What is Strategic Budgeting? (How to Do it Right)
Budgeting is one of the most fundamental yet crucial aspects of running and growing a business.
The thing is, many startups are doing it wrong.
Okay, maybe “wrong” is a strong word, but they for sure could be budgeting a lot more strategically.
This brings us to the point of today’s lesson: strategic budgeting.
In this article, we’re going to discuss what strategic budgeting really means, and how it differs (quite a bit, actually) from simply pulling together a budget based on how much money you have available to spend.
We’ll also give you a comprehensive guide to building your own strategic budget, so you can put what you learn into practice.
What is Strategic Budgeting?
A budget is an estimate of incoming revenue and outgoing expenses for the coming financial period (such as the next month or year).
Strategic budgeting takes this a step further and is a way of creating a budget based on the overarching goals of your company.
It’s about more than just looking at how much money you have to spend, and then splitting it between departments.
With strategic budgeting, it’s much more about considering what you might be able to achieve with that spend, and analyzing different scenarios to build a spending allocation that best positions you for organizational growth.
Your company looks into the long-term when setting goals. To achieve these goals, you may need to implement new processes, purchase new software, or increase your resources. A strategic budget accounts for these long-term growth needs.
For example, if you’re a SaaS business or physical product creator, your business revolves around product development. Strategic budgets ensure product teams can allocate and attain more resources more wisely.
The best strategic budgets are based on three principles. They are:
- Focused on the long term
- Inclusive of contingency plans
Strategic Budgets Are Focused On The Long Term
Standard (read: poor) budgeting is based on the short-term.
It asks, “How much money do we have to spend next month” and bases decisions purely on that answer.
Strategic budgeting is long-term focused.
It asserts that you want your business to survive many years into the future (you do, right?), and asks, “What would be the best use of funds this period, based on the long-term organizational goals we’ve decided on.”
Strategic Budgets Must Be Flexible
Strategic budgets also should be built with flexibility in mind.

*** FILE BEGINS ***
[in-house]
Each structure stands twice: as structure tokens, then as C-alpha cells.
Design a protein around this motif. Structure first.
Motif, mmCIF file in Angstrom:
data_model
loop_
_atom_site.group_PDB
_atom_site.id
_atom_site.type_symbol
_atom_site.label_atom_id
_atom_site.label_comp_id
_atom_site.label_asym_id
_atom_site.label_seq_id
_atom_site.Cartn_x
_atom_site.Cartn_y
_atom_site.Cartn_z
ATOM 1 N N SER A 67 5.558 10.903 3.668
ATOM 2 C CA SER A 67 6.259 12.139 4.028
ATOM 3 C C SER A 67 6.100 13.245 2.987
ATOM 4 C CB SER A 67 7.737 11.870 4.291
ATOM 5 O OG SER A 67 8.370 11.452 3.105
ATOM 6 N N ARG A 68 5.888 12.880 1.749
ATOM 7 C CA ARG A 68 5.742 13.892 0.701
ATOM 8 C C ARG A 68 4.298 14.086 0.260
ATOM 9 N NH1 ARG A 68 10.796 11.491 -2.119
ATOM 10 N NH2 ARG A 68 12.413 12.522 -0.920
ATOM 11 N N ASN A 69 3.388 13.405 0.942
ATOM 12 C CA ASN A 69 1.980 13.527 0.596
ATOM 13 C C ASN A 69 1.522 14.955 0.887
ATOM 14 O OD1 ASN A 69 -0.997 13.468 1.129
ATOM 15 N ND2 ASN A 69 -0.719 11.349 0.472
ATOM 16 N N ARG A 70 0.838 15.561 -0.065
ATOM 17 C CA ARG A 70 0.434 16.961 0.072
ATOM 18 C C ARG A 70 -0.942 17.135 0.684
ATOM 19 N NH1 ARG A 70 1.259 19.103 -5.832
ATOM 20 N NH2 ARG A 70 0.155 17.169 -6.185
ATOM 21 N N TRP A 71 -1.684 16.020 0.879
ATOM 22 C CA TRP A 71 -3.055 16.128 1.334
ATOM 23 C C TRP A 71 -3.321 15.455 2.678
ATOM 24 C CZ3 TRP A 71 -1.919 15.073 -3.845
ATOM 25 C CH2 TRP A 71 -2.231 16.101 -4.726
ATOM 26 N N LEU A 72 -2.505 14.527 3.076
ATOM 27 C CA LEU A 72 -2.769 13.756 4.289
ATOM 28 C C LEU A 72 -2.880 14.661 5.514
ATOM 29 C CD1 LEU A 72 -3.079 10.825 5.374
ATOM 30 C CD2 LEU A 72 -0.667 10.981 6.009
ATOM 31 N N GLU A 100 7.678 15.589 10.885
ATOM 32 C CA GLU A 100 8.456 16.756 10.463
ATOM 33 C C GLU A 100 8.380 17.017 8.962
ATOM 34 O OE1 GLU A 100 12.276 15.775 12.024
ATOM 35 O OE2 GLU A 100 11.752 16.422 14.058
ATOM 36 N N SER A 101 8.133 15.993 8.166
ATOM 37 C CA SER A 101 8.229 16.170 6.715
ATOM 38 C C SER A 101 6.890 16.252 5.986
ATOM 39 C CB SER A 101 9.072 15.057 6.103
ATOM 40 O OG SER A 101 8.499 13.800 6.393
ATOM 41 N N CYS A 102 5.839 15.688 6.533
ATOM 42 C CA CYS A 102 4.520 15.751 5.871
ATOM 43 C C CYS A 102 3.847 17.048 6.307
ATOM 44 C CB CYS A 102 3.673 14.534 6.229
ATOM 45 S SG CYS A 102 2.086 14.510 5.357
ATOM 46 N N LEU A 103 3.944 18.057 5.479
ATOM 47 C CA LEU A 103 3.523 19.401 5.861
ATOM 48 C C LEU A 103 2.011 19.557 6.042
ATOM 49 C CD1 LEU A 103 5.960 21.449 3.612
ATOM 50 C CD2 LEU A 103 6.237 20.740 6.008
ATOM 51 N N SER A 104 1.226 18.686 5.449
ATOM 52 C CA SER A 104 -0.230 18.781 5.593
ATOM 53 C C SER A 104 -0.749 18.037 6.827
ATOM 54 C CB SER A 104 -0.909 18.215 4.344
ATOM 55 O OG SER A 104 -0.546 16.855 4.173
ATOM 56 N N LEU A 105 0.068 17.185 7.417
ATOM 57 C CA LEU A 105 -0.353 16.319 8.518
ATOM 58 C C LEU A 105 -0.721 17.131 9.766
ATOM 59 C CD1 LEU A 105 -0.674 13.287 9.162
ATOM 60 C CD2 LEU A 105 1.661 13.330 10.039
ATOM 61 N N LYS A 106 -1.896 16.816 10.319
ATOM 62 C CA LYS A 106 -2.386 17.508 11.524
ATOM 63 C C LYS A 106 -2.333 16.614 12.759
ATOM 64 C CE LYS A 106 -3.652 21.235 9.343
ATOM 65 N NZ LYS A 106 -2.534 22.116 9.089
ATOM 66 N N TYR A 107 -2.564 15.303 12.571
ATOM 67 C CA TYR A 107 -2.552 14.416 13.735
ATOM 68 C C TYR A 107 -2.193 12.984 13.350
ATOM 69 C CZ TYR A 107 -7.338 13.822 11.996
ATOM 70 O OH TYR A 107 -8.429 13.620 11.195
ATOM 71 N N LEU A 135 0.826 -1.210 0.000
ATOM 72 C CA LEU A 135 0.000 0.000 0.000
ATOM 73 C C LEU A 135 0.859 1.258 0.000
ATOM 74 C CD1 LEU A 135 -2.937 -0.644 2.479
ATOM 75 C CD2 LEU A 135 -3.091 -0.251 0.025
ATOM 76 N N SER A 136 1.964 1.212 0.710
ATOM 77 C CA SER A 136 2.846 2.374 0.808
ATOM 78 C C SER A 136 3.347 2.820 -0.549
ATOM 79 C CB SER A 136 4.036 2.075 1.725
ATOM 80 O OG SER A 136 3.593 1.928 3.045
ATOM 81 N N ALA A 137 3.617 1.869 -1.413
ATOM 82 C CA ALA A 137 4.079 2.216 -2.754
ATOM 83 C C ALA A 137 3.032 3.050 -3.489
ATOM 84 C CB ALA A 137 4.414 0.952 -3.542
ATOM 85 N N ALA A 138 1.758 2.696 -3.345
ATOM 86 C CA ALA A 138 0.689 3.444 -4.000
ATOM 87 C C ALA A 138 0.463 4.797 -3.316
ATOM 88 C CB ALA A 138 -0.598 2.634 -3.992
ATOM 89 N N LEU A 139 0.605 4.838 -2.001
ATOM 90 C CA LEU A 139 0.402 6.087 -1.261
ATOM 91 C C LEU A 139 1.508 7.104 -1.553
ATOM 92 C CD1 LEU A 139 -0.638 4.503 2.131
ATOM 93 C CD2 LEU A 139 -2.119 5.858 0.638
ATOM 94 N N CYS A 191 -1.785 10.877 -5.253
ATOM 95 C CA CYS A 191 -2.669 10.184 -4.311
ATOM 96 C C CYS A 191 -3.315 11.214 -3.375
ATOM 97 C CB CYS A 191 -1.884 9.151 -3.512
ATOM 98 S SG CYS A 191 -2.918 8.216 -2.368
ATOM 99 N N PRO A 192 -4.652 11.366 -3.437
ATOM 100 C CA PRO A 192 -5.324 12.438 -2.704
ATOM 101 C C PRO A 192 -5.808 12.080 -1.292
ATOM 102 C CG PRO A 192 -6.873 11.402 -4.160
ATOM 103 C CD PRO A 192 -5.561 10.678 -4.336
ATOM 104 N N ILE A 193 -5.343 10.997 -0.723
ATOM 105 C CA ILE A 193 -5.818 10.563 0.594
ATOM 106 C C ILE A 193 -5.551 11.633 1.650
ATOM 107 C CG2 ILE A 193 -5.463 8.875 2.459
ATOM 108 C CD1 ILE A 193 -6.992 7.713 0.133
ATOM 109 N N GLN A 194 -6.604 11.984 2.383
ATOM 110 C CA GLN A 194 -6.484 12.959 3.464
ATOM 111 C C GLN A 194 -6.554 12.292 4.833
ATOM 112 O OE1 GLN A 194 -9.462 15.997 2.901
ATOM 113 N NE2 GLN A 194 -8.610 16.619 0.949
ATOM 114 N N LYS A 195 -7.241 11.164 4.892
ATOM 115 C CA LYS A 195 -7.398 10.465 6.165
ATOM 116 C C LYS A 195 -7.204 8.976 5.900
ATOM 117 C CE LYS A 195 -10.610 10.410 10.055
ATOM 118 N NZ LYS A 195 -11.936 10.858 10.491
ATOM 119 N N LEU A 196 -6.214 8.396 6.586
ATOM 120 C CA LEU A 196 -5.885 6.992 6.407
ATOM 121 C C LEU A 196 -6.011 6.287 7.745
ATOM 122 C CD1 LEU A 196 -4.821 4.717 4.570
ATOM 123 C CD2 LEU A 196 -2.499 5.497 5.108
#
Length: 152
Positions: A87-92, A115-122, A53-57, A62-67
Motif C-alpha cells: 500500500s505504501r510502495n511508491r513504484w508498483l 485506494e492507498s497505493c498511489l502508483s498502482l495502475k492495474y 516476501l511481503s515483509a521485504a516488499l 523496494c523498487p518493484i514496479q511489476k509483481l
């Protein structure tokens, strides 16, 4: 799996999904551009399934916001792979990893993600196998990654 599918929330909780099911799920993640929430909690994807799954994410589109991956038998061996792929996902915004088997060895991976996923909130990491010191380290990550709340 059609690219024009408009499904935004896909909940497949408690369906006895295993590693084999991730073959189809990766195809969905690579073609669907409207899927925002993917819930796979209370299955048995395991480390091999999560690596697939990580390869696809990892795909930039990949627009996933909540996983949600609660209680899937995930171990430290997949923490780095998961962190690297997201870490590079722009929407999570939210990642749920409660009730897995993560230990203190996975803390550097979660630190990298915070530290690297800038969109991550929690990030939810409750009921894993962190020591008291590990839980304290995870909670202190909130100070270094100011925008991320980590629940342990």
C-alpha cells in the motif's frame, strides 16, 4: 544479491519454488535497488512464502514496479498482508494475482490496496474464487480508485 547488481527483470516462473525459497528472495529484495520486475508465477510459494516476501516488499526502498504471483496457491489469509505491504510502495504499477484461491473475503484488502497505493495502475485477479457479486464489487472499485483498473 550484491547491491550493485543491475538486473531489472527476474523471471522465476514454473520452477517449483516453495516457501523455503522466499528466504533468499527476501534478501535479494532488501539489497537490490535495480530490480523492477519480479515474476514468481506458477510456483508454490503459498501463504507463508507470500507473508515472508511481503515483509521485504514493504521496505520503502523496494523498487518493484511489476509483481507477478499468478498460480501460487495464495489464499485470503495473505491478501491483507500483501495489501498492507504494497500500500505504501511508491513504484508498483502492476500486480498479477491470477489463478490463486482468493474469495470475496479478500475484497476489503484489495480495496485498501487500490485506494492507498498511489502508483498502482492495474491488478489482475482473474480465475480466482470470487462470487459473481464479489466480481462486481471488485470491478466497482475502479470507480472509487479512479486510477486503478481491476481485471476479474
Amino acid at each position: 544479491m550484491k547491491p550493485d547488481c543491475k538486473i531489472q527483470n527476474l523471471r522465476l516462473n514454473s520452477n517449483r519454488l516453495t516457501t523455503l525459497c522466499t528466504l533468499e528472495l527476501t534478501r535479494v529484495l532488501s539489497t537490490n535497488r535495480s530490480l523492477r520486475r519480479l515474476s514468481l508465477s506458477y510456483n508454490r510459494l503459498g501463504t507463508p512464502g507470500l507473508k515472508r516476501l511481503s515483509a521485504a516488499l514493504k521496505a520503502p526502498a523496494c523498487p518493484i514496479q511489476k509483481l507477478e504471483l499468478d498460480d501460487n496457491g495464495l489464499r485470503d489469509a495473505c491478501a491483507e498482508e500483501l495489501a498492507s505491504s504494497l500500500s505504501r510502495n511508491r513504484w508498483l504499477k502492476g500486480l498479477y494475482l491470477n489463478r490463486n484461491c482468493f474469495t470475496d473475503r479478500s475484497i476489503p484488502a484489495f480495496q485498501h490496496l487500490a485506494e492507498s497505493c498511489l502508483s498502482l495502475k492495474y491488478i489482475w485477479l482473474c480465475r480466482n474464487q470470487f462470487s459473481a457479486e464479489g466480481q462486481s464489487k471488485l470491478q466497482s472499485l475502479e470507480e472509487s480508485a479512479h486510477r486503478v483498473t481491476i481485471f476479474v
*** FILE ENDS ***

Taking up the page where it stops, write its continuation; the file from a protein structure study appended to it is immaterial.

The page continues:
Founders and finance leaders know that in business, little goes according to plan. Even the best-laid budgets are subject to unexpected external factors.
The recent pandemic is clear evidence of that: many companies had to very rapidly pivot and adjust their budgets.
Obviously, such things are extremely rare and unforeseeable, but even on a small scale changes can occur that impact your budget’s feasibility (such as changes in local labor laws).
Strategic Budgets Include Contingency Plans
With all of this in mind, it’s a pretty wise idea to build a contingency plan or two when designing your strategic budget.
In the financial world, we call this scenario forecasting.
At a high level, you build out your strategic budget, then create upside and downside plans, which show how your spending might need to adjust if revenue is low, or what you can do with the extra cash if your revenue streams provide more fruitful than expected.
This process is a little outside the scope of today’s lesson, but to learn more, check out our complete guide on the subject: How to Do Scenario Analysis: Step-By-Step Guide.
How To Build A Strategic Budget In 8 Steps
Ready to get strategic with your budgeting?
Follow these eight steps to improve your financial forecast and create a budget that’s congruent with your long-term company objectives.
1. Decide Between A Top-Down or Bottom-Up Budgeting Approach
Top-down is the more widely-used form of budgeting. With top-down budgeting, your senior leadership has the power to design a budget.
They allocate top-line budget amounts for each department and sometimes go a step further and break that budget into specific line item budgets. In other cases, this is the responsibility of the department head, and senior leadership only provides the top-line numbers.
Bottom-up, as you’re probably guessing, starts the other way around.
Each department (led by the department head) figures out the costs involved in achieving growth goals for the next financial period. Senior leadership then signs off (with a bit of negotiation) on those budgets.
The advantage of top-down budgeting is speed. Senior leadership can create high-level budgets and assign more specific spend allocation to department heads.
However, it tends to rely on last year’s figures rather than the requirement for the coming years.
The bottom-up approach is essentially the opposite; it’s a bit slower, but it draws on the experience and expertise of those who are implementing the budget, and is less driven by previous financial periods.